Parents upset over a new student self-evaluation form used to help identify gifted students are demanding that the Salt Lake Board of Education order an independent review of the questionnaire.

"We are concerned about its inherent bias against modest kids and those with poor family backgrounds. We question the validation of the test for this purpose," Clara Michael told the board Tuesday night.Grace Forsythe, a parent who identified herself as a mental-health professional, said she, too, questioned whether the biographical assessment form, called Student Talent and Risk (STAR), discriminates against children who "are not boastful or who are too self-critical, not from homes with economic means or come from single-parent homes or homes where both parents work."

STAR was given to any sixth-grader seeking placement in the full-time, districtwide program for gifted seventh- and eighth-graders located at West High School. The district also offers advanced classes for gifted students at its five intermediate schools.

STAR provides 150 multiple-choice questions used to assess academic performance, creativity, artistic potential, leadership, emotional maturity, educational orientation and situations that may put the student "at risk." District officials said they don't use all questions in identifying gifted students.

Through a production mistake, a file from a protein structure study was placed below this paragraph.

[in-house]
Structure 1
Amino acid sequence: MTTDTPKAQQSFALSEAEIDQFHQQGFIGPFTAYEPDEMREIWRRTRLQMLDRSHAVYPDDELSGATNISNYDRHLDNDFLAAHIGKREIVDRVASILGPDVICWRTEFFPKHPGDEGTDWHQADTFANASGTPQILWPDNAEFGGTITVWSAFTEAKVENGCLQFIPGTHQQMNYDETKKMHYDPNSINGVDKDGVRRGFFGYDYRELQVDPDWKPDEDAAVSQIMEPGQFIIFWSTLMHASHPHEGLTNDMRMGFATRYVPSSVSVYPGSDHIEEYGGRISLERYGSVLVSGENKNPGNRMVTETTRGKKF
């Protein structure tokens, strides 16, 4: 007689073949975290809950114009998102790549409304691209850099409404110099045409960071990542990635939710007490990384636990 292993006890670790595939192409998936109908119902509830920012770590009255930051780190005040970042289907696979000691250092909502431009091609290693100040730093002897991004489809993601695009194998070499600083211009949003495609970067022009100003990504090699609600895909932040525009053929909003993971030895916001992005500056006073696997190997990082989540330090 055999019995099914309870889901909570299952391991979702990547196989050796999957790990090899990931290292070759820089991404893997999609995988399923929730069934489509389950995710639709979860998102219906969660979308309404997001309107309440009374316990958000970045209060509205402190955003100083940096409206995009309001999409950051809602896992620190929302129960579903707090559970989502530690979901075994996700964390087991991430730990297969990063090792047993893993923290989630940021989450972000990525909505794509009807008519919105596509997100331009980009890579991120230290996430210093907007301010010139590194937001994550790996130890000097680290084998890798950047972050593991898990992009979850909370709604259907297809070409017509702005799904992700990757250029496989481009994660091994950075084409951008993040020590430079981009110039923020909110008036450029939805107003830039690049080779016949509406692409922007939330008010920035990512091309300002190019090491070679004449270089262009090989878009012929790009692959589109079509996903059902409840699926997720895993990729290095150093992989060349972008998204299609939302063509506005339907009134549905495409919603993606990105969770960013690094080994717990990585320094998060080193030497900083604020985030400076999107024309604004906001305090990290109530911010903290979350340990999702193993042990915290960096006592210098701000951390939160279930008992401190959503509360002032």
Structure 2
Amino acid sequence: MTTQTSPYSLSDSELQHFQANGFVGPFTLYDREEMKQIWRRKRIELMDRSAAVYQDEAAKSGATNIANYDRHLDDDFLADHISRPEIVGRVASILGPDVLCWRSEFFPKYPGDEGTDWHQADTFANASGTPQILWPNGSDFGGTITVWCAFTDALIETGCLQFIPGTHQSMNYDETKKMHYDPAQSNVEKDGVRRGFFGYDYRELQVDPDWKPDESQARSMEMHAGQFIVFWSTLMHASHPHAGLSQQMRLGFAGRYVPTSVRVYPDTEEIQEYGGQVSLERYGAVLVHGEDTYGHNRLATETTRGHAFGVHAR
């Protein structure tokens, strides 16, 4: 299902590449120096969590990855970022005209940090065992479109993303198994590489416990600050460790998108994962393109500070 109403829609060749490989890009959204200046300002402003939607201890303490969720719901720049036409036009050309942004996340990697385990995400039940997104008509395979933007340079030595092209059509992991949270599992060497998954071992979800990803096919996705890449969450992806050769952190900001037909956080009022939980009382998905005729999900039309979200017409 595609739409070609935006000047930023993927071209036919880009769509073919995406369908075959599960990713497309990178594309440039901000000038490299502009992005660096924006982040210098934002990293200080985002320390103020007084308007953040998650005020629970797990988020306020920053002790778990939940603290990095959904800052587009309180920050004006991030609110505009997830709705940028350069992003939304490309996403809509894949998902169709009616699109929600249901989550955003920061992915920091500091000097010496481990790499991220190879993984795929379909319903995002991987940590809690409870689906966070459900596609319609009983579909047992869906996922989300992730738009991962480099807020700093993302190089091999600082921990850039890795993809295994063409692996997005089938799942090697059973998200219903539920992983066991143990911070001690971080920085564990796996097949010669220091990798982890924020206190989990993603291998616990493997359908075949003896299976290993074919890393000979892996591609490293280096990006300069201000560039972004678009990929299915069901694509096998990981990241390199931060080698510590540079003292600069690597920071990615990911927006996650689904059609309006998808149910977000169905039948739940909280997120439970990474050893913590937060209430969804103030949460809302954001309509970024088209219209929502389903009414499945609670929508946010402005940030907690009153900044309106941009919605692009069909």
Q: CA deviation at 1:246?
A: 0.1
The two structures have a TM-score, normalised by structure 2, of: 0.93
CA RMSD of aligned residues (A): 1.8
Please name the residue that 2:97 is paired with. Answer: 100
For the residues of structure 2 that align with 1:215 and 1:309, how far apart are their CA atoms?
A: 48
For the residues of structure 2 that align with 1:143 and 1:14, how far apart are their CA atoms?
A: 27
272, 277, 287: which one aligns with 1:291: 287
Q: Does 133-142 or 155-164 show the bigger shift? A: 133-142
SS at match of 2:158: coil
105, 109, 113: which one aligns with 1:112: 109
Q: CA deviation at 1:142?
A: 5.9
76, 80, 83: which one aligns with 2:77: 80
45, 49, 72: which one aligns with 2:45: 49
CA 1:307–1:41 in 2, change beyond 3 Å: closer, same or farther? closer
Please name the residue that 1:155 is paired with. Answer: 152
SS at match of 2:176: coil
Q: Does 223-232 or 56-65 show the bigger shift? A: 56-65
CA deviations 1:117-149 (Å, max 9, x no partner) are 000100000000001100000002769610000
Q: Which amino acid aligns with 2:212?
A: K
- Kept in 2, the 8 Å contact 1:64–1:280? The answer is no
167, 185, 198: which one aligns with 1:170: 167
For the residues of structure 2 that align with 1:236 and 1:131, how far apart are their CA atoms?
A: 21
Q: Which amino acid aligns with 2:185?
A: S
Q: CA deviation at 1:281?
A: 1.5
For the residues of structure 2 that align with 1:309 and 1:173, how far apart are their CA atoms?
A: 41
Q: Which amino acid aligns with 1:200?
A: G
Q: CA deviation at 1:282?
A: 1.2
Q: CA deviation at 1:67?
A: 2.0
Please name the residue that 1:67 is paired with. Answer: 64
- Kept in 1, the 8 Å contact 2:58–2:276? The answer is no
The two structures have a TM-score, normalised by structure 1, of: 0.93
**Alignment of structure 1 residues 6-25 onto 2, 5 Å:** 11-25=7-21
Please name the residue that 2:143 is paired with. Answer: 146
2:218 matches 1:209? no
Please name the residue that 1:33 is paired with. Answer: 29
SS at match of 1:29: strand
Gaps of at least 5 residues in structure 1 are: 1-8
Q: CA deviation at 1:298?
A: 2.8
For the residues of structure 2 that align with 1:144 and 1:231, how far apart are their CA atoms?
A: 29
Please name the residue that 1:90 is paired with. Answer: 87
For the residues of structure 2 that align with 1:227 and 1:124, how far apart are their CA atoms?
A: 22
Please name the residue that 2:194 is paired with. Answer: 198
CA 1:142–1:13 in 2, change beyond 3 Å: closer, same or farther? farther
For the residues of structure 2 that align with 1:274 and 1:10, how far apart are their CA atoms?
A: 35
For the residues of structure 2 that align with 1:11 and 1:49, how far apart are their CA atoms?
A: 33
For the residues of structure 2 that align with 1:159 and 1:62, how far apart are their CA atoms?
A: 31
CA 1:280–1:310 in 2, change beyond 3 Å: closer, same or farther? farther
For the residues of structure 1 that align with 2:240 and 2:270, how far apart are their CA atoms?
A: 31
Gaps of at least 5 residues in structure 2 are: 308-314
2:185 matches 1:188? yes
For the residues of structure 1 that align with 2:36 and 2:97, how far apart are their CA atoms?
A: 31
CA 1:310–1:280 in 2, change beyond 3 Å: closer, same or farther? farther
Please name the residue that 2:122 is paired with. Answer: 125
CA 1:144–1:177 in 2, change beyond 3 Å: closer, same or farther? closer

Forsythe objected to such questions as those asking the number of books in a student's home, the number of civic and professional organizations to which the parents belong, the number of days absent without asking for an explanation, the number of private lessons taken by the student, the way a student spends money in comparison to his peers.

But Nano Podolsky, coordinator for the district's gifted program, called Extended Learning Program, said the new form was used as a way to open up the selection process for the gifted program.

Last year, minority representatives complained to the board that ELP discriminated against minorities, with few minority parents and their children knowing of its availability or participating.

In the past, Podolsky said, placement in the ELP program was based largely on standardized test scores and teacher recommendations. That selection method seemed weighted heavily to verbal students, she said.

With the inclusion of the biographical inventory STAR, which has been used successfully by Jordan and Davis school districts for years, "for the first time it allows students some input (into the selection process). . . . It has given us a wealth of very useful information," Podolsky said.

She said all sixth-graders were invited to take STAR and 939, or almost half of the district's sixth grade, complied. Notices were sent home in several languages.

Eventually, 174 applied for West's intermediate ELP program, and 71 were accepted.

Superintendent John W. Bennion reported parents have been invited to meet with the developers of STAR, which has been used nationwide for 30 years. He also said it's too early to make a final judgment on its use yet.